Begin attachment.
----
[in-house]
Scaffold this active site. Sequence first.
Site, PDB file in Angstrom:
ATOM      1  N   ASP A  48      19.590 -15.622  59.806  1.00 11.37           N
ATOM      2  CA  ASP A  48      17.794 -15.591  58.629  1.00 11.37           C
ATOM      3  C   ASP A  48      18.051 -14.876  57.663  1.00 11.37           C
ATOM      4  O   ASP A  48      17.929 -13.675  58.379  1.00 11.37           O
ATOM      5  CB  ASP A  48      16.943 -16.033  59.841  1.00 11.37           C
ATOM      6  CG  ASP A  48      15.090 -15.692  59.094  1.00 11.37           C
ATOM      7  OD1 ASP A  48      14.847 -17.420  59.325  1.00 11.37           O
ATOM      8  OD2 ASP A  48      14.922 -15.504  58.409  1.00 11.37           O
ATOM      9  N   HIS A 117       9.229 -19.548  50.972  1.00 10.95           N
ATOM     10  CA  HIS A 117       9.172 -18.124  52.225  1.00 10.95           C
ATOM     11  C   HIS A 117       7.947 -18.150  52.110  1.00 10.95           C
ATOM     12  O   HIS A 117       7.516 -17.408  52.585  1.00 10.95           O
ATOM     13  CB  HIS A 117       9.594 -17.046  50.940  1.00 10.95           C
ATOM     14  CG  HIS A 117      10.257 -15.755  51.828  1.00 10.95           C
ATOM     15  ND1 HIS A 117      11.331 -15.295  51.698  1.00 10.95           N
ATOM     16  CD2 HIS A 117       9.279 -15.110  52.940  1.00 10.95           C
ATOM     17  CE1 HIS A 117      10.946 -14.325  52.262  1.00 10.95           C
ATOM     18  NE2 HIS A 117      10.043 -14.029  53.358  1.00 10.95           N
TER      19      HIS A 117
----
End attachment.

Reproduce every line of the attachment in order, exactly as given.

[in-house]
Scaffold this active site. Sequence first.
Site, PDB file in Angstrom:
ATOM      1  N   ASP A  48      19.590 -15.622  59.806  1.00 11.37           N
ATOM      2  CA  ASP A  48      17.794 -15.591  58.629  1.00 11.37           C
ATOM      3  C   ASP A  48      18.051 -14.876  57.663  1.00 11.37           C
ATOM      4  O   ASP A  48      17.929 -13.675  58.379  1.00 11.37           O
ATOM      5  CB  ASP A  48      16.943 -16.033  59.841  1.00 11.37           C
ATOM      6  CG  ASP A  48      15.090 -15.692  59.094  1.00 11.37           C
ATOM      7  OD1 ASP A  48      14.847 -17.420  59.325  1.00 11.37           O
ATOM      8  OD2 ASP A  48      14.922 -15.504  58.409  1.00 11.37           O
ATOM      9  N   HIS A 117       9.229 -19.548  50.972  1.00 10.95           N
ATOM     10  CA  HIS A 117       9.172 -18.124  52.225  1.00 10.95           C
ATOM     11  C   HIS A 117       7.947 -18.150  52.110  1.00 10.95           C
ATOM     12  O   HIS A 117       7.516 -17.408  52.585  1.00 10.95           O
ATOM     13  CB  HIS A 117       9.594 -17.046  50.940  1.00 10.95           C
ATOM     14  CG  HIS A 117      10.257 -15.755  51.828  1.00 10.95           C
ATOM     15  ND1 HIS A 117      11.331 -15.295  51.698  1.00 10.95           N
ATOM     16  CD2 HIS A 117       9.279 -15.110  52.940  1.00 10.95           C
ATOM     17  CE1 HIS A 117      10.946 -14.325  52.262  1.00 10.95           C
ATOM     18  NE2 HIS A 117      10.043 -14.029  53.358  1.00 10.95           N
TER      19      HIS A 117